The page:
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Gov’t committed to have more women in ICT related jobs

The government has rolled out an initiative focused on encouraging young girls to take up courses in ICT, science and mathematics in efforts to boost gender balance in the fields and offer job opportunities for women.

Ministry of ICT, Innovation and Youth Affairs Chief Administrative Secretary (CAS) Maureen Mbaka said that she started the initiative dubbed ‘girls in ICT initiative’ which encourages young women and girls to actively participate in careers in ICT, Science, Technology, Engineering, and Mathematics (STEM).

The CAS said that they are working together with KONZA Technopolis, Huawei women in Tech, and other partners where they have held mentorship forums, cloud computing trainings aimed at encouraging women to take up careers in the male dominated field of technology.

Speaking at the Centre for Mathematics, Science and Technology Education in Africa (CEMASTEA) during the closing ceremony of the Young Scientists Kenya (YSK) boot camp, Mbaka said that only 30 per cent of the careers in Tech are occupied by women and there is need to have more women in the field as she expressed optimism seeing that more young girls than boys participated in this year’s YSK boot camp.

“Next week is the girls in ICT week where every 28th of April we celebrate the women in the tech space. I would like to urge each one of us to use this time to go into our communities and encourage our young girls to take up course in ICT,” said Mbaka.

The CAS highlighted that their mandate as a ministry is to facilitate universal access to ICT infrastructure and service to empower Kenyans in their quest for economic growth.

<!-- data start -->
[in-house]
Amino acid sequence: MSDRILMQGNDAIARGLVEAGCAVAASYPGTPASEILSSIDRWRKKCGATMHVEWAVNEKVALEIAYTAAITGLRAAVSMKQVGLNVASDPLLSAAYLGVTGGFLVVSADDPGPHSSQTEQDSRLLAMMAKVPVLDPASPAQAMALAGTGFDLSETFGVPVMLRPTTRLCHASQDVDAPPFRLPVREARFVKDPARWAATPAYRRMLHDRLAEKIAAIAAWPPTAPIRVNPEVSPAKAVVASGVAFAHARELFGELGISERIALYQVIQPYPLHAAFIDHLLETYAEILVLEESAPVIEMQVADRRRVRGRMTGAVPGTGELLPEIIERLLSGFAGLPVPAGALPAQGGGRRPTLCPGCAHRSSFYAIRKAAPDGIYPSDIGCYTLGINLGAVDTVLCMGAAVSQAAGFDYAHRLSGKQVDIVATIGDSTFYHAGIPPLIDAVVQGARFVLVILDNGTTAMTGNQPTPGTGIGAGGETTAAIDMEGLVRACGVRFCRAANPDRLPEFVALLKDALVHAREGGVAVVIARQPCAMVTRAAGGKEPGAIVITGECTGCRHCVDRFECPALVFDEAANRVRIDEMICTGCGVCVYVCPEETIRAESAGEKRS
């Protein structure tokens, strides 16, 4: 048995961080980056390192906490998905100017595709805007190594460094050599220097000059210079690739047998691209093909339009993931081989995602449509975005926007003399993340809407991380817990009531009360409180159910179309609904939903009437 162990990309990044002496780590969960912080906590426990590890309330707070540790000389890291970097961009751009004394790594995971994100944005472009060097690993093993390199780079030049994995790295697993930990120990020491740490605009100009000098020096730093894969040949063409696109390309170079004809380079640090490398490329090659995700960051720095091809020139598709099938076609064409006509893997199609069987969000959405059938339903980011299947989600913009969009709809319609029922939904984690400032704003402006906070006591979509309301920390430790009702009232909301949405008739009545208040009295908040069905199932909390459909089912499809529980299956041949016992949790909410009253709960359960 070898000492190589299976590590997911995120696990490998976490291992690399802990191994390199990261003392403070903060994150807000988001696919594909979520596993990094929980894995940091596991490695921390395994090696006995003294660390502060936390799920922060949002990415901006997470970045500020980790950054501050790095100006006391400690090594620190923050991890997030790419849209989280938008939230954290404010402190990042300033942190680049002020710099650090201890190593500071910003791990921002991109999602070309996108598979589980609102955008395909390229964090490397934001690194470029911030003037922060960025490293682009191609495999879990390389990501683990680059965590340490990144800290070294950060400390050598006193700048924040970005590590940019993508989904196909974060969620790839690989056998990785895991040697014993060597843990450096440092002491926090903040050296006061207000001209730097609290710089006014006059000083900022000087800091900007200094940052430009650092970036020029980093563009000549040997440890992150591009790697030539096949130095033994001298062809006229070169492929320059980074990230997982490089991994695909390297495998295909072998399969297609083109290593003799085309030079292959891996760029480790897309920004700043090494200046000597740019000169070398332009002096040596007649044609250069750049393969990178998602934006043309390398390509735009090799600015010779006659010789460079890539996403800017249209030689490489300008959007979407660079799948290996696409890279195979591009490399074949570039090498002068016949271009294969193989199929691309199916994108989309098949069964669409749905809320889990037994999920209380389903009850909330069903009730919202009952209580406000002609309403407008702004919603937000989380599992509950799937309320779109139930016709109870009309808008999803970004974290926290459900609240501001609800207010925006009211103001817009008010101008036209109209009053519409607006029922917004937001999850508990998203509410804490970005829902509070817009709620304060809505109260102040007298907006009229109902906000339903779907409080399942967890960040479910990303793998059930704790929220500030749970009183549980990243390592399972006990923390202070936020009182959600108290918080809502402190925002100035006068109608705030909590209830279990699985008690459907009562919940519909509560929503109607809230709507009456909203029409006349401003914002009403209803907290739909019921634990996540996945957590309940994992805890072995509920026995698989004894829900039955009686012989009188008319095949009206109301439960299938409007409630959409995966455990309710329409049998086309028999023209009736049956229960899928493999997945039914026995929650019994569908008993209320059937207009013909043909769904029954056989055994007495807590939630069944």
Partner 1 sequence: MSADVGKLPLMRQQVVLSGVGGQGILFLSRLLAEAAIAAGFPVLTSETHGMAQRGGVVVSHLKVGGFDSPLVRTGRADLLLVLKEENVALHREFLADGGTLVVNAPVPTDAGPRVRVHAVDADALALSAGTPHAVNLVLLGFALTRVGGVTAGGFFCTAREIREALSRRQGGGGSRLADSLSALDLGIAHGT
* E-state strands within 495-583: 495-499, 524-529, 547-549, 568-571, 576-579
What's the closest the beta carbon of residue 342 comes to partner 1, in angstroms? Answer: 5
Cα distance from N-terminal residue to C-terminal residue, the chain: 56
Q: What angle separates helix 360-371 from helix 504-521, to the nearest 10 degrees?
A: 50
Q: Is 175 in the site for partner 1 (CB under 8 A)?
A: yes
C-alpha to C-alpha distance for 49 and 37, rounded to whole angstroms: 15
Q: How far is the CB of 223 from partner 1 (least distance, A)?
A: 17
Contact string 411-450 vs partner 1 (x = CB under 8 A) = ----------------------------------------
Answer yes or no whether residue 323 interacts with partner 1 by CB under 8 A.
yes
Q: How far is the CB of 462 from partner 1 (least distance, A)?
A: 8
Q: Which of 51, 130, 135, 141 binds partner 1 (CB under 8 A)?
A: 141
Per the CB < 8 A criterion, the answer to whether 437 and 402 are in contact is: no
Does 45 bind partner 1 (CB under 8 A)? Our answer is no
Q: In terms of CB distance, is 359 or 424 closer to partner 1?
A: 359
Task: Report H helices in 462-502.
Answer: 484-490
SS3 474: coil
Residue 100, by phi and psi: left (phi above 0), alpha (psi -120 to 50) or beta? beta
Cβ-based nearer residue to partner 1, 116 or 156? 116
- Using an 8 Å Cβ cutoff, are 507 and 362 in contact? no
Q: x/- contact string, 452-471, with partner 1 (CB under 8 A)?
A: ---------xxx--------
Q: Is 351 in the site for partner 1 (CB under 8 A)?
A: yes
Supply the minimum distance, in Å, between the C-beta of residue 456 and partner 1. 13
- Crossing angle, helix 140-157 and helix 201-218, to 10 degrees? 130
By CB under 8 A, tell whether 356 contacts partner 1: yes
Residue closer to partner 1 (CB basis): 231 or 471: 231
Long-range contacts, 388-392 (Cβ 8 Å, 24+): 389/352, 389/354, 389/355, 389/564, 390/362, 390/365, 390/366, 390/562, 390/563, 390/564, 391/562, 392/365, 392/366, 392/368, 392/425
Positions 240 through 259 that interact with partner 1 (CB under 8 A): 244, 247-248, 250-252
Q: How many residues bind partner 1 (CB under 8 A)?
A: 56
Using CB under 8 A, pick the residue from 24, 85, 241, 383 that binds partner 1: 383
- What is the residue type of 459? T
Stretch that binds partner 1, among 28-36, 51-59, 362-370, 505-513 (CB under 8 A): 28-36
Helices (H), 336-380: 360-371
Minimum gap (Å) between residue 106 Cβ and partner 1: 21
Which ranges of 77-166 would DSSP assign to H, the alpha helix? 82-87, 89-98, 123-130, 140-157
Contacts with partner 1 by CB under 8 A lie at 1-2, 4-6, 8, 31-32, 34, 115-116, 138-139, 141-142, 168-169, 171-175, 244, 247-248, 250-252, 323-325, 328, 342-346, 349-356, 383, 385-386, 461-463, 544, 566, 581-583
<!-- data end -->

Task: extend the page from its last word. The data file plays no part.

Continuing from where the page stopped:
“On tech skills, the government is committed to promoting the fundamental role that tech skills play in tackling real world problems and in furthering key 21st century skills required in the job market,” said Mbaka.

She said that the ministry has designed and prepared programmes to prepare the Kenyan youth for the digital world which include the digital literacy programme which is aimed at impacting digital skills to young minds at an early age.

“The programme has seen the distribution of over one million devices in over 22, 000 schools as well as training of 300,000 teachers on digital skills,” said Mbaka.

The CAS said that the government also has the SchoolNet program which they are piloting and it involves connecting schools to internet services, and so far 13 schools have been connected with a total of 1,500 schools earmarked for connectivity.

CEMASTEA Deputy Director Lydia Muriithi said that next year the country will have the first class of junior secondary under the new Competence Based Curriculum (CBC) and they are working hard to see how sciences will be related at that level.

Muriithi said that at the junior secondary they have the duty to make the students understand the importance of sciences, so that they can specialize in the STEM areas when they join senior secondary and this will guide them in their career choices.

YSK chair of the programs committee Ben Roberts said that the YSK in Kenya is modelled around the Ireland Youth in Science which transformed the country from a potatoes producing country into a tech hub housing headquarters for some of the giant tech companies in the world.

He said that in Kenya they are adopting the ‘leave no one behind’ model where they focus on the rural and remote areas where the infrastructure is not so good and the students there find it hard to access STEM courses and the required teaching skills and laboratories.

By Joseph Ng’ang’a

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